To complicate the network designer’s task, these costs are inter-dependent. For example, low inventory, causing out-of-stocks, can be compensated for with additional transportation – emergency shipments or the use of more remote warehouses. The network designer needs to understand these costs, their dependency on the warehouse network design and on each other.
We designed a warehouse network for the Square D Corporation, a manufacturer of electrical products. While their transportation costs were significant, their inventory costs were too. Many networks are designed without a clear understanding that inventory increases when it’s stored in more places. As a matter of fact, it’s inventory costs that often provide a limit to the number of warehouse an organization should have. Square D went from five warehouses to three. Because of the inventory concentration, those three provide better inventory availability than did the five.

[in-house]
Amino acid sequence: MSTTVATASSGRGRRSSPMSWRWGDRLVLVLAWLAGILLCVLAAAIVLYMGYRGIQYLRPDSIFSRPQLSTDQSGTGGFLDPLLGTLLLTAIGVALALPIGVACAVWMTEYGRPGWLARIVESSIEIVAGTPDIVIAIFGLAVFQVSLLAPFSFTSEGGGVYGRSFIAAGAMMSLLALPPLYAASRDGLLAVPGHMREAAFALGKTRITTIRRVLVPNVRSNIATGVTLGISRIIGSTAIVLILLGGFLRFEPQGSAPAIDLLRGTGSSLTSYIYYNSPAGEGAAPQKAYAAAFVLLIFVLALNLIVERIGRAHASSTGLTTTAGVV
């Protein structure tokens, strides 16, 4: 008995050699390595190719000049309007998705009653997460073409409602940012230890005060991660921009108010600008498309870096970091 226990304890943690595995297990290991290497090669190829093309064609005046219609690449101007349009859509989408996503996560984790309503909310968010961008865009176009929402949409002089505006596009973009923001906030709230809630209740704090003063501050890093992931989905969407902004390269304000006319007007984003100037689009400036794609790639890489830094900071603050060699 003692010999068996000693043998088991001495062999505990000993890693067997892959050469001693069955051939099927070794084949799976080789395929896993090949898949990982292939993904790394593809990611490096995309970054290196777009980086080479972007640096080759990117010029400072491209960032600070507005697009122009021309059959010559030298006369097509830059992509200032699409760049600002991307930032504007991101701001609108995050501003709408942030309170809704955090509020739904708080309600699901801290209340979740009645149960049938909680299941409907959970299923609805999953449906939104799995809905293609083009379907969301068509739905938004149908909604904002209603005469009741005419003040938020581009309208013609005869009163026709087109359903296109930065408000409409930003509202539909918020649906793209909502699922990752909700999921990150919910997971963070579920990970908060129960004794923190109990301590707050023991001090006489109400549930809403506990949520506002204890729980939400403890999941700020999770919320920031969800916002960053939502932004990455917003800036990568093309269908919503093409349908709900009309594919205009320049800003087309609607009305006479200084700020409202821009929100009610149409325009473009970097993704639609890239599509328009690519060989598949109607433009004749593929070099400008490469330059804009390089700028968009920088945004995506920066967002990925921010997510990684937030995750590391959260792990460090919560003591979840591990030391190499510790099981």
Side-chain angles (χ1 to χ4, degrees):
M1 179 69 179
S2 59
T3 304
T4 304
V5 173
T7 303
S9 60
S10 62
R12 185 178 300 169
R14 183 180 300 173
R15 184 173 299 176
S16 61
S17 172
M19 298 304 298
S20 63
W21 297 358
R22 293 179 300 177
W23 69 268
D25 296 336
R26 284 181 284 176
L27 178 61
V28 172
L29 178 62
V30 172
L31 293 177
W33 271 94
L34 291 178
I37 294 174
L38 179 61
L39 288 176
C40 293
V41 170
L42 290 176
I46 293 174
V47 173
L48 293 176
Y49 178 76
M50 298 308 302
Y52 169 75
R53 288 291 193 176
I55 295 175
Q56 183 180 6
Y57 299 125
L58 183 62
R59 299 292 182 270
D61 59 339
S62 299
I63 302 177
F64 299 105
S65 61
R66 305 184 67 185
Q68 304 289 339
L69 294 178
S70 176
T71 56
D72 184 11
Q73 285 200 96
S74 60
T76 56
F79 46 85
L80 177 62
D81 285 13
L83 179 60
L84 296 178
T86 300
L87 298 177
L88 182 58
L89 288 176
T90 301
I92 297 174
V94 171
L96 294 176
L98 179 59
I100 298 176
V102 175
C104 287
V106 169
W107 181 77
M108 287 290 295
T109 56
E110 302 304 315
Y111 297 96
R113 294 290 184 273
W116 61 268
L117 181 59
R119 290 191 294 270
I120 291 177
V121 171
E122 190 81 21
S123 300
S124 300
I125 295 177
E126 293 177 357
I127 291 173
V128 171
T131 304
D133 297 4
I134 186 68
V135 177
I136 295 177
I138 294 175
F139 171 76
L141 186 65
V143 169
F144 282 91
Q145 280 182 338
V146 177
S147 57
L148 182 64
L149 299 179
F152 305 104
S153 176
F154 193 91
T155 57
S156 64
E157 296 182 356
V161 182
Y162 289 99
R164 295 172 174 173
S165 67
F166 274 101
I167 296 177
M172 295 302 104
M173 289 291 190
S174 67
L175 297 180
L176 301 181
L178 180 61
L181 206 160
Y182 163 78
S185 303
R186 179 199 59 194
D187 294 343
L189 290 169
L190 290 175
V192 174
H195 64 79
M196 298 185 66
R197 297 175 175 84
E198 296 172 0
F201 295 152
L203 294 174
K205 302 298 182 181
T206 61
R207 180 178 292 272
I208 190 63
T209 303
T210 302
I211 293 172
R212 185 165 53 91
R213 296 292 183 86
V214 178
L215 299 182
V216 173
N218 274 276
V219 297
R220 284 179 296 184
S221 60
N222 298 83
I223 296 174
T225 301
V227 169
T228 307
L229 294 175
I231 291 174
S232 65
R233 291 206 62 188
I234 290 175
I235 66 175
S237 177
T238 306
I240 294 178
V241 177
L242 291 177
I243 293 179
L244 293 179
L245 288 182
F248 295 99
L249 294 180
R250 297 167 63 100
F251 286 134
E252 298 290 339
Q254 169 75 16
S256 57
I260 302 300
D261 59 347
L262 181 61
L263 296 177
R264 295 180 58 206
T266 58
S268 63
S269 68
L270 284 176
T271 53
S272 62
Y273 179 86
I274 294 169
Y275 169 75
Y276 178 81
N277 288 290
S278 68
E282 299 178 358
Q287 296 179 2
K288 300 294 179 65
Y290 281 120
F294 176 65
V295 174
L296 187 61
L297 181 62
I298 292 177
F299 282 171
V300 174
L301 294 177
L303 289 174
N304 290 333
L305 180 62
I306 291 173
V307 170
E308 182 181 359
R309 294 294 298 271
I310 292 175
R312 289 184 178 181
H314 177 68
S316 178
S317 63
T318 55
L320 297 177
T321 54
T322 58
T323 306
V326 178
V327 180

STEP 4 – Evaluate Alternatives
Now the network designer evaluates various alternatives – arrangement of warehouses. The evaluation calculates service and cost – the service established in Step 2 and the cost identified in Step 3. For example, given we have five warehouses in Philadelphia, Atlanta, Chicago, Dallas and Los Angeles, what’s the service level and what’s the cost.